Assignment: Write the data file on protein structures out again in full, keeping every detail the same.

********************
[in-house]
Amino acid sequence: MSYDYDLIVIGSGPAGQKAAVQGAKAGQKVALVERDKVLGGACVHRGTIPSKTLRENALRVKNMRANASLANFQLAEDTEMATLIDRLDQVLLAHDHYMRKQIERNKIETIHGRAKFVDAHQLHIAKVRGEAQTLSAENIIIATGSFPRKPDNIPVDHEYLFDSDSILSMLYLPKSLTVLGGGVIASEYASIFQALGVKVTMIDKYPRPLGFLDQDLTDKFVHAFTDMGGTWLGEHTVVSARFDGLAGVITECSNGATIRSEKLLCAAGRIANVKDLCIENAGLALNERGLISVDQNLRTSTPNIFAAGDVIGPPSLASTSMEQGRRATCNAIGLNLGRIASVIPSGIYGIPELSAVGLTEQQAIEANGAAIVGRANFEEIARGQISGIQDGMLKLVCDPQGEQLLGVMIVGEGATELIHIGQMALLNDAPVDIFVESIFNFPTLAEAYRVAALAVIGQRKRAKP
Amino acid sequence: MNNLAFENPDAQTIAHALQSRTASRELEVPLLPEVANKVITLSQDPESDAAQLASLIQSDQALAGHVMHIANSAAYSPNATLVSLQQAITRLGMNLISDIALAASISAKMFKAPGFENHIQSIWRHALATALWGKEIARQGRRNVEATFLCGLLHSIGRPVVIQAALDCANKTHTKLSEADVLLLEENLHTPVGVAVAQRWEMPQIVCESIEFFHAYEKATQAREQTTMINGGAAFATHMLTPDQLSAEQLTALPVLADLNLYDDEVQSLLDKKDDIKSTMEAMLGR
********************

[in-house]
Amino acid sequence: MSYDYDLIVIGSGPAGQKAAVQGAKAGQKVALVERDKVLGGACVHRGTIPSKTLRENALRVKNMRANASLANFQLAEDTEMATLIDRLDQVLLAHDHYMRKQIERNKIETIHGRAKFVDAHQLHIAKVRGEAQTLSAENIIIATGSFPRKPDNIPVDHEYLFDSDSILSMLYLPKSLTVLGGGVIASEYASIFQALGVKVTMIDKYPRPLGFLDQDLTDKFVHAFTDMGGTWLGEHTVVSARFDGLAGVITECSNGATIRSEKLLCAAGRIANVKDLCIENAGLALNERGLISVDQNLRTSTPNIFAAGDVIGPPSLASTSMEQGRRATCNAIGLNLGRIASVIPSGIYGIPELSAVGLTEQQAIEANGAAIVGRANFEEIARGQISGIQDGMLKLVCDPQGEQLLGVMIVGEGATELIHIGQMALLNDAPVDIFVESIFNFPTLAEAYRVAALAVIGQRKRAKP
Amino acid sequence: MNNLAFENPDAQTIAHALQSRTASRELEVPLLPEVANKVITLSQDPESDAAQLASLIQSDQALAGHVMHIANSAAYSPNATLVSLQQAITRLGMNLISDIALAASISAKMFKAPGFENHIQSIWRHALATALWGKEIARQGRRNVEATFLCGLLHSIGRPVVIQAALDCANKTHTKLSEADVLLLEENLHTPVGVAVAQRWEMPQIVCESIEFFHAYEKATQAREQTTMINGGAAFATHMLTPDQLSAEQLTALPVLADLNLYDDEVQSLLDKKDDIKSTMEAMLGR